Wednesday, July 01, 2009

Virginia Master Naturalists

Blue Ridge Foothills & Lakes Chapter of the Virginia Master Naturalist Program

            Jim Pilversack is wild about nature. And now that he’s semi-retired, the Smith Mountain Lake resident is taking the time to smell the flowers and help his community in the process.

            "I’ve always had an interest in nature," said Pilversack, an active member of the Blue Ridge Foothills & Lakes Chapter of the Virginia Master Naturalist Program. "My career was in health care and business management."

            Pilversack said his club membership also indulges his curiosity in the nature surrounding his home and Smith Mountain Lake.

            The Virginia Master Naturalist Program began in 2006 and was modeled after the Master Gardener’s Program. The Blue Ridge Foothills & Lakes Chapter, which includes SML, started in 2007. Today there are 25 chapters serving 636 members statewide, including 26 from the lake area.

            The club’s mission is to provide "education, outreach and service dedicated to the beneficial management of natural resources and natural areas within our communities." Pilversack said anyone can join the program but must first complete 40 hours of basic training at The Franklin Center in downtown Rocky Mount.

            The training covers basic identification of plants and animals located in the region. Afterward, members must contribute a minimum of 40 volunteer hours each year. There are three areas of interest for each member to choose from: education, citizen science and stewardship.

            Pilversack said he enjoys concentrating his efforts toward stewardship and citizen science. Some of his stewardship hours have included creating a natural landscape on the waterfront along the southwest side of the lake at the W.E. Skelton 4-H Educational Conference Center. Some of his citizen science volunteer hours have included counting microorganisms in the local streams, which helps biologists determine the health of the water.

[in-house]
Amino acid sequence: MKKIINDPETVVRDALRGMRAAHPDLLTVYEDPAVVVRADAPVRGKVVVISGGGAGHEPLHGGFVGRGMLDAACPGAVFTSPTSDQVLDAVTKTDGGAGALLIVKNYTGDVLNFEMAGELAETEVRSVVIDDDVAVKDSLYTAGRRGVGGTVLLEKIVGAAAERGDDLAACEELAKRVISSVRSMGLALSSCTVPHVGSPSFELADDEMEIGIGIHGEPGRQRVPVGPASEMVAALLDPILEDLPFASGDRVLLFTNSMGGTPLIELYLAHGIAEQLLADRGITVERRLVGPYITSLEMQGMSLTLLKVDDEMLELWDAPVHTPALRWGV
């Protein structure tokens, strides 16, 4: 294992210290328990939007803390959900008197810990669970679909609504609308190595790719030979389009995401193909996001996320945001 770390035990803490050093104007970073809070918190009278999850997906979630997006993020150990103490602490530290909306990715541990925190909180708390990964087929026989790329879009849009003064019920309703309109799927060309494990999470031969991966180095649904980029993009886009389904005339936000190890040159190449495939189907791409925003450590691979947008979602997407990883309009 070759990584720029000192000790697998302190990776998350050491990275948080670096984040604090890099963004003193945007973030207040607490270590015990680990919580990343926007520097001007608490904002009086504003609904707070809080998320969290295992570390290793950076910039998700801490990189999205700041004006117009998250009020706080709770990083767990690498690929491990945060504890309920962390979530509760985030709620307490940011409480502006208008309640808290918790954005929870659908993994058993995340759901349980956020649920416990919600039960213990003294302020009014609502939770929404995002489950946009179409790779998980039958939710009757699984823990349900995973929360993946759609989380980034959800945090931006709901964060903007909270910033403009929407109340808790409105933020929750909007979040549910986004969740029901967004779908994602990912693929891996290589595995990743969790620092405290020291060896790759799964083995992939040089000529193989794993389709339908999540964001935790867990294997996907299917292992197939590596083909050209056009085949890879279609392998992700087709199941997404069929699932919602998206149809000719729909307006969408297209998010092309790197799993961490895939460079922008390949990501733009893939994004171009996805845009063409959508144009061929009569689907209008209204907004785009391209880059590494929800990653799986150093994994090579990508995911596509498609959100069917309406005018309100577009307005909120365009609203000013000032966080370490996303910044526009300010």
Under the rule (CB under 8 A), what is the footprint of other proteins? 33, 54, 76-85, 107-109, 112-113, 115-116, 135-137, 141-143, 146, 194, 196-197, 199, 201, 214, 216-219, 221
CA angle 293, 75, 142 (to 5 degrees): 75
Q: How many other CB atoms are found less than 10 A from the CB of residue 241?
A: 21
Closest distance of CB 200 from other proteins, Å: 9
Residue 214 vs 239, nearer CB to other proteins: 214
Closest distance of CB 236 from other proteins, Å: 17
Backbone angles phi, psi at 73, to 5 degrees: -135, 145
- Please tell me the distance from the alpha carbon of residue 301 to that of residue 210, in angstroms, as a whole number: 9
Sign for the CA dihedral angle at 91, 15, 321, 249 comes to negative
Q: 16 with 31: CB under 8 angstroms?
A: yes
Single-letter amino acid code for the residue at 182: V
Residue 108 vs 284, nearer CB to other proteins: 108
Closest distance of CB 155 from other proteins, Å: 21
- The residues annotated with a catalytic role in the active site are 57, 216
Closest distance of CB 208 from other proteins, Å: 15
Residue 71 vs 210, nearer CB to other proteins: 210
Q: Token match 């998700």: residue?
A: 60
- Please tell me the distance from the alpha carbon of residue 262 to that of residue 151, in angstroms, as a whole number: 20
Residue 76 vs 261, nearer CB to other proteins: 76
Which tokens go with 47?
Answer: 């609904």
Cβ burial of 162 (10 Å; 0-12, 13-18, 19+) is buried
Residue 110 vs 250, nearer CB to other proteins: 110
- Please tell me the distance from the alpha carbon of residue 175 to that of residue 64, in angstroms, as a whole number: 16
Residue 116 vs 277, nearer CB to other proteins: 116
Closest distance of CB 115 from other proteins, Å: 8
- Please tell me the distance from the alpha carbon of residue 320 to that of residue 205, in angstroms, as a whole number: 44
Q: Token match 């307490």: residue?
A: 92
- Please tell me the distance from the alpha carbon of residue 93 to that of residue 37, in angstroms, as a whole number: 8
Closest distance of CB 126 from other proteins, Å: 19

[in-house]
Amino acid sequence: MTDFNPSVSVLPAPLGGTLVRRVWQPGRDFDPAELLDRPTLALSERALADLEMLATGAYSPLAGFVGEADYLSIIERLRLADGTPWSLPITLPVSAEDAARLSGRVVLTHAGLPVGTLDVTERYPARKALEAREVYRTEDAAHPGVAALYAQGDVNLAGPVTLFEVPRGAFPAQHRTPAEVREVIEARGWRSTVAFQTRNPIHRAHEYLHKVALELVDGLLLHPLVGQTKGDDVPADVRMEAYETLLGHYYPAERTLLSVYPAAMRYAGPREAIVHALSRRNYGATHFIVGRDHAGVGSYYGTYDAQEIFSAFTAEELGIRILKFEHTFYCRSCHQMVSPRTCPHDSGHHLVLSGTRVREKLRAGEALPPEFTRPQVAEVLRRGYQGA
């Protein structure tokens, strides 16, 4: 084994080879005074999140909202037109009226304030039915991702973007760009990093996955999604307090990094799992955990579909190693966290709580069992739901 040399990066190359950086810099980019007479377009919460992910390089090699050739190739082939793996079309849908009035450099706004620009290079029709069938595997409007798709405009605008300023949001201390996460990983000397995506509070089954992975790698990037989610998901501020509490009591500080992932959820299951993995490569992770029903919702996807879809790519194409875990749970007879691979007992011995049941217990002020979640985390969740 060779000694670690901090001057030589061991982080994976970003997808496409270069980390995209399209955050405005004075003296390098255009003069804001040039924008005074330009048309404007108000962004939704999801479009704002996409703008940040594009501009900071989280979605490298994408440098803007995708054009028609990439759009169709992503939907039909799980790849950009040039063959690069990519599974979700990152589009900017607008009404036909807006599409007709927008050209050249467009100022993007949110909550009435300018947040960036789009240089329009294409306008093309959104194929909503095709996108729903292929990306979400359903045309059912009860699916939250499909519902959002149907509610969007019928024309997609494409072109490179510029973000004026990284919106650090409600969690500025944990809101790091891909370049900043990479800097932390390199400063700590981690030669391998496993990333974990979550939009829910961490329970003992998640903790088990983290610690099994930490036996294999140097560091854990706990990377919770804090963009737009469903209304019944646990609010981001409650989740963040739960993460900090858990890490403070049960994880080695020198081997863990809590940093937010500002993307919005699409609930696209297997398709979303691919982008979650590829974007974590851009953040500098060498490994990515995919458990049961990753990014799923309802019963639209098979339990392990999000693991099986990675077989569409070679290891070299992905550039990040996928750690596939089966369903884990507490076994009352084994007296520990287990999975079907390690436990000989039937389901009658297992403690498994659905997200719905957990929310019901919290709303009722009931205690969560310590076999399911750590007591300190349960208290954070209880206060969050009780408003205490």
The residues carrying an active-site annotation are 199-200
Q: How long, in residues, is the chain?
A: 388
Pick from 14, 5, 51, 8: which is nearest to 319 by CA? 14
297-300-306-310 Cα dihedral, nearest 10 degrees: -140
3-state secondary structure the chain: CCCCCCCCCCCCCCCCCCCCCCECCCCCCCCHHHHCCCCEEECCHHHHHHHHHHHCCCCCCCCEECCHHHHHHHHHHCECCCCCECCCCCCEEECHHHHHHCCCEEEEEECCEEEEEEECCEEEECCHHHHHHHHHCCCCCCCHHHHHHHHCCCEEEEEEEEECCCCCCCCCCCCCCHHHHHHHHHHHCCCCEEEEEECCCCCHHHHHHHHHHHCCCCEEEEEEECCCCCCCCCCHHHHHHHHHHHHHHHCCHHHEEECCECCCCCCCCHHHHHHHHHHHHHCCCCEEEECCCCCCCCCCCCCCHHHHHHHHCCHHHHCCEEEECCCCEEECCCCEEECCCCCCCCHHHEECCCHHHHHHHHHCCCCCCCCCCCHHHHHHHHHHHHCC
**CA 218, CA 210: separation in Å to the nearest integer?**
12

Pilversack said another member of the chapter is delving into citizen science by drawing maps for the Booker T. Washington National Monument that identify the many different types of wildflowers in the park.

            As an educational outreach, the club is seeking people interested in volunteering to offer wildlife-based educational seminars. Plant identification in both new and established neighborhoods around the lake is another needed skill.

            Club member Victoria Keenum is growing her own batch of budding naturalists at Boones Mill Elementary in Franklin County. Keenum has participated in the Master Naturalist Program since its inception and, after her initial hours of training, decided to fulfill her volunteer hours by reaching out to youth at the school where she’s a Pre-K teacher.

            Keenum began an after-school nature program for students ranging from kindergarten to fifth grade in January 2008. Since then, she said she’s enjoyed witnessing the growing inquisitiveness of the children toward the subject of natural science.

            "How can you not have an ‘a-ha moment’ each time you see students enthusiastically learning about the world around them?" Keenan said.


For more information about the Blue Ridge Foothills & Lakes Chapter of the Virginia Master Naturalist Program, visit brfal.org.